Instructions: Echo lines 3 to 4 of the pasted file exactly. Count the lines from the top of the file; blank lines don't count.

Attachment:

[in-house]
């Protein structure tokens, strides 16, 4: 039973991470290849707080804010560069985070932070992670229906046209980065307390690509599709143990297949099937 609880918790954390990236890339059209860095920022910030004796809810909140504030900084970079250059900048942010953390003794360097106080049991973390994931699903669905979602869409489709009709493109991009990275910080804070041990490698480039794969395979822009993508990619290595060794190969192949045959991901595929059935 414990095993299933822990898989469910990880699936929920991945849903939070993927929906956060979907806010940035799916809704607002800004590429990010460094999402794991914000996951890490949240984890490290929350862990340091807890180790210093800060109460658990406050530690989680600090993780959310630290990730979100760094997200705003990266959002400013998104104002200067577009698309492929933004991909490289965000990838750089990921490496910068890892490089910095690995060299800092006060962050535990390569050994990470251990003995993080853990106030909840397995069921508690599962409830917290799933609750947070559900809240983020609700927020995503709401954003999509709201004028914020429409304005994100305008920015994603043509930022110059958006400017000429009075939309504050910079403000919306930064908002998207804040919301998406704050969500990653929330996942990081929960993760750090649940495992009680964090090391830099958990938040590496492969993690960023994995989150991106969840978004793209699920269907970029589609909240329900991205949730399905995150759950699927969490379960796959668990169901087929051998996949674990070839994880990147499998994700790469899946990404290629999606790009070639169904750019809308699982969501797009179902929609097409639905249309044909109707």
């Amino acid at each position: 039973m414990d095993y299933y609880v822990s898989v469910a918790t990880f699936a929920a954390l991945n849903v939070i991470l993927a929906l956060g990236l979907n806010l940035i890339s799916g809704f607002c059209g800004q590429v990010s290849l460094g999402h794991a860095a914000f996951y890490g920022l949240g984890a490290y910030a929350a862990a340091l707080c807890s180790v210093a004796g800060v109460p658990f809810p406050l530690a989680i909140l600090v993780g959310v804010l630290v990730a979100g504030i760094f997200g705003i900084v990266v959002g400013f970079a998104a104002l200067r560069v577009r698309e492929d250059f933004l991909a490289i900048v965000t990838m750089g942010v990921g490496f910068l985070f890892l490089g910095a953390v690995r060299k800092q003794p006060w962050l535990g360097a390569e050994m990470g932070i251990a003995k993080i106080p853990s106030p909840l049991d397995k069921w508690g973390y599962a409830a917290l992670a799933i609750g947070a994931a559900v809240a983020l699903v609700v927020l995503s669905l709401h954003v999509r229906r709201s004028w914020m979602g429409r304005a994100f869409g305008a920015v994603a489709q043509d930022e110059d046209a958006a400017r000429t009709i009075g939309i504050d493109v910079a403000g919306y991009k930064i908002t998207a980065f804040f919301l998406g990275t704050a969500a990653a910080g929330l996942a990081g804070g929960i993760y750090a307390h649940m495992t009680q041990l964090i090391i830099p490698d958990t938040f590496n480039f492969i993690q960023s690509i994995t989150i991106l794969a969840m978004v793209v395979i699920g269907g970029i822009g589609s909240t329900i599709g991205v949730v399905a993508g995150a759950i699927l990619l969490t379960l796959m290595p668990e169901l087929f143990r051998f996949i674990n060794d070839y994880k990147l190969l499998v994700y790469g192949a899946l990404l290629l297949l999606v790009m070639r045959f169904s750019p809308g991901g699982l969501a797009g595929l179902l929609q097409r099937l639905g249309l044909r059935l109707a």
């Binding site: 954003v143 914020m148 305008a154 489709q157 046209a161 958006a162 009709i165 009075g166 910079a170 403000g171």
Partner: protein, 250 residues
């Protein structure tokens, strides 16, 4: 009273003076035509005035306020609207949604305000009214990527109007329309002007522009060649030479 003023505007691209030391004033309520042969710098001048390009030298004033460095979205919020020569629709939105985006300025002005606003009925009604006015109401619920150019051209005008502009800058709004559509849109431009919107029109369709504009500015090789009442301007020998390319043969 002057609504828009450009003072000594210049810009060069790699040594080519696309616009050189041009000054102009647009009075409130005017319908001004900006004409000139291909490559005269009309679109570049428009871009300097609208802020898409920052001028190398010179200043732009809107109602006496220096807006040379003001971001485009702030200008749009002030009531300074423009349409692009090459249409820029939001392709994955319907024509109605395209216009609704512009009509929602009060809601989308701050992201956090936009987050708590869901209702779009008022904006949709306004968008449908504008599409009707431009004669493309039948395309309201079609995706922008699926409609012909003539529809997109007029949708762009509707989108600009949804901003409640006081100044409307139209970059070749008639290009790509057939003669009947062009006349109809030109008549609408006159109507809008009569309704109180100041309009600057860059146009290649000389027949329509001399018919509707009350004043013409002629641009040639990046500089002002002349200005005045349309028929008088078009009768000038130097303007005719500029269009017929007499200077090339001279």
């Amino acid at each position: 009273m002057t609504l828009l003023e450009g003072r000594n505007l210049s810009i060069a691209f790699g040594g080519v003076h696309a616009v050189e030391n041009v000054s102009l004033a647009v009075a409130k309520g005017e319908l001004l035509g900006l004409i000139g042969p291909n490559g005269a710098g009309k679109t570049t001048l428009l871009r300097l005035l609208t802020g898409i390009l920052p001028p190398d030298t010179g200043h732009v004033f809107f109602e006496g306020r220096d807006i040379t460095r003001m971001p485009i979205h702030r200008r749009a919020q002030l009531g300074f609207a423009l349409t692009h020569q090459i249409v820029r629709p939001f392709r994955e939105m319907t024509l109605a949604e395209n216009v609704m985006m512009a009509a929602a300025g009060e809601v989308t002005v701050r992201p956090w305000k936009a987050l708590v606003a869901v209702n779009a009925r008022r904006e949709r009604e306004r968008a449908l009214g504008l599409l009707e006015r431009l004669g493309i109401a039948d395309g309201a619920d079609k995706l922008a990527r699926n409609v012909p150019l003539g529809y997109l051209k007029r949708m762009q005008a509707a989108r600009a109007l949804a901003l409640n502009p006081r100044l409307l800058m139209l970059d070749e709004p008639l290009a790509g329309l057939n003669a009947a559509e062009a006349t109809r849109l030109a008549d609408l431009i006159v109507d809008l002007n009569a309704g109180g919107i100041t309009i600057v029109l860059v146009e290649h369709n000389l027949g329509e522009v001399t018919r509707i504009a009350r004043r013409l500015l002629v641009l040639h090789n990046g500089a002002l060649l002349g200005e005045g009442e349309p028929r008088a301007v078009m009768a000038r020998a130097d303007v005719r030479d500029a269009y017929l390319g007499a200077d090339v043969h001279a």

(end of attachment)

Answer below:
């Amino acid at each position: 039973m414990d095993y299933y609880v822990s898989v469910a918790t990880f699936a929920a954390l991945n849903v939070i991470l993927a929906l956060g990236l979907n806010l940035i890339s799916g809704f607002c059209g800004q590429v990010s290849l460094g999402h794991a860095a914000f996951y890490g920022l949240g984890a490290y910030a929350a862990a340091l707080c807890s180790v210093a004796g800060v109460p658990f809810p406050l530690a989680i909140l600090v993780g959310v804010l630290v990730a979100g504030i760094f997200g705003i900084v990266v959002g400013f970079a998104a104002l200067r560069v577009r698309e492929d250059f933004l991909a490289i900048v965000t990838m750089g942010v990921g490496f910068l985070f890892l490089g910095a953390v690995r060299k800092q003794p006060w962050l535990g360097a390569e050994m990470g932070i251990a003995k993080i106080p853990s106030p909840l049991d397995k069921w508690g973390y599962a409830a917290l992670a799933i609750g947070a994931a559900v809240a983020l699903v609700v927020l995503s669905l709401h954003v999509r229906r709201s004028w914020m979602g429409r304005a994100f869409g305008a920015v994603a489709q043509d930022e110059d046209a958006a400017r000429t009709i009075g939309i504050d493109v910079a403000g919306y991009k930064i908002t998207a980065f804040f919301l998406g990275t704050a969500a990653a910080g929330l996942a990081g804070g929960i993760y750090a307390h649940m495992t009680q041990l964090i090391i830099p490698d958990t938040f590496n480039f492969i993690q960023s690509i994995t989150i991106l794969a969840m978004v793209v395979i699920g269907g970029i822009g589609s909240t329900i599709g991205v949730v399905a993508g995150a759950i699927l990619l969490t379960l796959m290595p668990e169901l087929f143990r051998f996949i674990n060794d070839y994880k990147l190969l499998v994700y790469g192949a899946l990404l290629l297949l999606v790009m070639r045959f169904s750019p809308g991901g699982l969501a797009g595929l179902l929609q097409r099937l639905g249309l044909r059935l109707a």
């Binding site: 954003v143 914020m148 305008a154 489709q157 046209a161 958006a162 009709i165 009075g166 910079a170 403000g171």